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Holly and Ivy


Proper Use of Holly Greenery

Considering that holly was so powerful, it was seen as terribly important to use it safely and dispose of it in the proper way. Doing otherwise might bring consequences. According to Geoffrey Grigson, author of The Englishman’s flora, a farmer in Northern Ireland made the mistake of using branches to clean his chimney. As a result, he ended up with a poltergeist in his house.

Much of the lore concerns holly’s ties to bad luck when it is mishandled. Stepping on a berry or bringing flowering branches into the house was seen as a source of bad luck. When hanging Christmas greenery, people were supposed to hang the mistletoe first. Putting the holly up first could bring bad luck down the chimney. Holly wasn’t to be cut any other time of the year. People believed it was bad luck to bring it in the house before Christmas Eve or Christmas Day.

Holly could even play a role in the relationship between spouses. Whichever spouse brought the holly first into the house would be the spouse that would rule the coming year.


Proper Disposal of Holly

There were differing views and methods on the proper disposal of holly after the holidays. When done the wrong way, it could bring bad luck. Some fed it to cattle. People were advised to only burn a small amount. A sprig was saved to light the fire under the Christmas pudding the following year. Burning holly while it was still green was inadvisable as this could bring an unwanted visitor-Death. Others left it to decay. Taking it down earlier than January 6th was also said to cause bad luck.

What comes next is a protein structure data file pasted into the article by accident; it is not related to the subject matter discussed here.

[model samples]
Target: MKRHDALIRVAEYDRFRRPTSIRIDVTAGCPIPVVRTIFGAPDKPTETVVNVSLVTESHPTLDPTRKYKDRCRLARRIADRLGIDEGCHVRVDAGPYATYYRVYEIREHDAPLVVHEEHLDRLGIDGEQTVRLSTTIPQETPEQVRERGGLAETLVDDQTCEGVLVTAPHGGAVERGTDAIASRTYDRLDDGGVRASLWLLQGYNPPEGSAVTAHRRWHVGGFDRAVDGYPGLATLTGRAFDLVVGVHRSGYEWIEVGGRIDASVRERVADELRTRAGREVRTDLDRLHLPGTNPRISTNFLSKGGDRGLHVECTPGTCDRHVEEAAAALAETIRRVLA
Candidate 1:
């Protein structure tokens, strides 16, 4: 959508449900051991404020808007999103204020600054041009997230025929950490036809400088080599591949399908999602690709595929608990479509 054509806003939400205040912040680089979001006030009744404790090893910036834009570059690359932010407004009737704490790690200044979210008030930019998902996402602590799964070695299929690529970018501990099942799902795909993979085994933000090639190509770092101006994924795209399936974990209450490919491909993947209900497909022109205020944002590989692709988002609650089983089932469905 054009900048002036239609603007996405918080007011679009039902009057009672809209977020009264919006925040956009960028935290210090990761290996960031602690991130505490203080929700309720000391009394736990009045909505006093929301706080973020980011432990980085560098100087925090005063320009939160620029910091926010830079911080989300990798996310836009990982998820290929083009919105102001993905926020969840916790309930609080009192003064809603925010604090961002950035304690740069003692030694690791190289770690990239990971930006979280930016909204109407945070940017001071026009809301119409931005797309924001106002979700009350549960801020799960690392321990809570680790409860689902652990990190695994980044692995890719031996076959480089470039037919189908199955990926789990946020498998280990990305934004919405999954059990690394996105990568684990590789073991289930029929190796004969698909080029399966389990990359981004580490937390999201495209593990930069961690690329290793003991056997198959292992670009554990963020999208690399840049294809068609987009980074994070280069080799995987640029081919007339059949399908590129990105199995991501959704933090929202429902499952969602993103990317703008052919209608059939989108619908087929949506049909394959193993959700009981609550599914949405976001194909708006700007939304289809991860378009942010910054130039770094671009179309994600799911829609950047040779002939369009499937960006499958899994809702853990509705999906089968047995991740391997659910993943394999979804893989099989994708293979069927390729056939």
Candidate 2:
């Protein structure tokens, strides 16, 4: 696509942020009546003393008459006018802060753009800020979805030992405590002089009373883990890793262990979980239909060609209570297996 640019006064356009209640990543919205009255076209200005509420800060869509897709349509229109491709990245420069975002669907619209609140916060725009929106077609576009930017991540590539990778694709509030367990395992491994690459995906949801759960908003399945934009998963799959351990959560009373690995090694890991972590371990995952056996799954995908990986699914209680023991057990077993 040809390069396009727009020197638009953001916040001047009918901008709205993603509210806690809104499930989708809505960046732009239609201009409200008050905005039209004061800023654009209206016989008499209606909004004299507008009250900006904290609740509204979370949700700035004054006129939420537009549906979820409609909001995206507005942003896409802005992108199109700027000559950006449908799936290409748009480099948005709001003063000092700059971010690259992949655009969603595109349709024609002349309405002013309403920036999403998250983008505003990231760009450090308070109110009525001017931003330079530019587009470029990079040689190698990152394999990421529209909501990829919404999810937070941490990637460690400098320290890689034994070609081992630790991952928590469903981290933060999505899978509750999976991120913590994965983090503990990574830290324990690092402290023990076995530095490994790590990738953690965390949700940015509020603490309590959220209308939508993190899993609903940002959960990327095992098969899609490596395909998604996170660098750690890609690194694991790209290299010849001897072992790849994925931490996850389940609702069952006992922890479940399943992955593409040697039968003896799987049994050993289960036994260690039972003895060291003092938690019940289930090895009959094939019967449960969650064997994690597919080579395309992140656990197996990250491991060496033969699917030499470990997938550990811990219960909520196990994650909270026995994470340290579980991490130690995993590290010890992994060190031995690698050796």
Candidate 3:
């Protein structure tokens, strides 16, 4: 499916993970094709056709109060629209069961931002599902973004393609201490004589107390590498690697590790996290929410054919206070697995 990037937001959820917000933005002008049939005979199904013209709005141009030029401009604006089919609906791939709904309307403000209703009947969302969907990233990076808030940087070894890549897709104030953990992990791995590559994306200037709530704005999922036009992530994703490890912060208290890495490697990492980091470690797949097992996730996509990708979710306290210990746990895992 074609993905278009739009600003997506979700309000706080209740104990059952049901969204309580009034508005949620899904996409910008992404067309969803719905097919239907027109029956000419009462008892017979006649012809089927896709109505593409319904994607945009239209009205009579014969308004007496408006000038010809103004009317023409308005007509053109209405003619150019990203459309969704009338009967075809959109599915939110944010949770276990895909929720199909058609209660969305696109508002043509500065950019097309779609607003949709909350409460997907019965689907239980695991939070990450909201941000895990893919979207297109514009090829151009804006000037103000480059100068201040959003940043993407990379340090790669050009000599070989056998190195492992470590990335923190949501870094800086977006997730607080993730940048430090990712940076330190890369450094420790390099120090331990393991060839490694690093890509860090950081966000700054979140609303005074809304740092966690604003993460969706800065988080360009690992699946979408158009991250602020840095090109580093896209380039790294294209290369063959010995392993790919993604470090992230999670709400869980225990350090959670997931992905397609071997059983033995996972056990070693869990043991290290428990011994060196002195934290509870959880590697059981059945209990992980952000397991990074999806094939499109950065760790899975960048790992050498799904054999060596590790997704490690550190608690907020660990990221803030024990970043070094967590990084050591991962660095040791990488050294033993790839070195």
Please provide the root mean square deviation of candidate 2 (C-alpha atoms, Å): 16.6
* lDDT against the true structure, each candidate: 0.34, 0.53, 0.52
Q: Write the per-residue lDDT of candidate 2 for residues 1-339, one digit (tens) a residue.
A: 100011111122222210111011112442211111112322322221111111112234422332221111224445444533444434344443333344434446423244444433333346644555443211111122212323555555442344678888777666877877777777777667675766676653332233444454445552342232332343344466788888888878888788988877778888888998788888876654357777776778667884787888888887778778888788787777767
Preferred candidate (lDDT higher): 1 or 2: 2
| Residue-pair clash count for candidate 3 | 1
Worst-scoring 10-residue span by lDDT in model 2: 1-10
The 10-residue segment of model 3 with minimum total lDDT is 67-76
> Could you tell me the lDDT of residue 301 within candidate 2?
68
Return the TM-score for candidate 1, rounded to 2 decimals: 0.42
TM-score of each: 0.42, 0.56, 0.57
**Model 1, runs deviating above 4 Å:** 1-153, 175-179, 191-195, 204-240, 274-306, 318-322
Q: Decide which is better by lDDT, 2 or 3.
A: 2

The Rivalry Between Holly and Ivy

In Northern Europe and England people believed that the holly and ivy were involved in a rivalry. The two plants were said to signify the differences between the male and female side of nature. The holly symbolized the male and the ivy the female. Apparently this idea might have originated with the pagans and survived the rise of Christianity. At any rate the idea of the purported rivalry has survived for centuries.

The relationship between holly and ivy has been memorialized in songs with one of these being by Henry VIII. The most famous of the songs is likely The Holly and the Ivy. This was also called the St. Day Carol in Cornwall. This song is included on the CD by the Christmas Revels. It has several verses with one referring to the flowers, another to the berries, and another to the prickles. The last deals with the bitter bark. All of these verses refer either to Jesus or Mary. The refrain is “the holly and the ivy when they are both full grown of all the trees that are in the wood the holly bears the crown. “


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Content copyright © 2014 by Connie Krochmal. All rights reserved.
This content was written by Connie Krochmal. If you wish to use this content in any manner, you need written permission. Contact Connie Krochmal for details.

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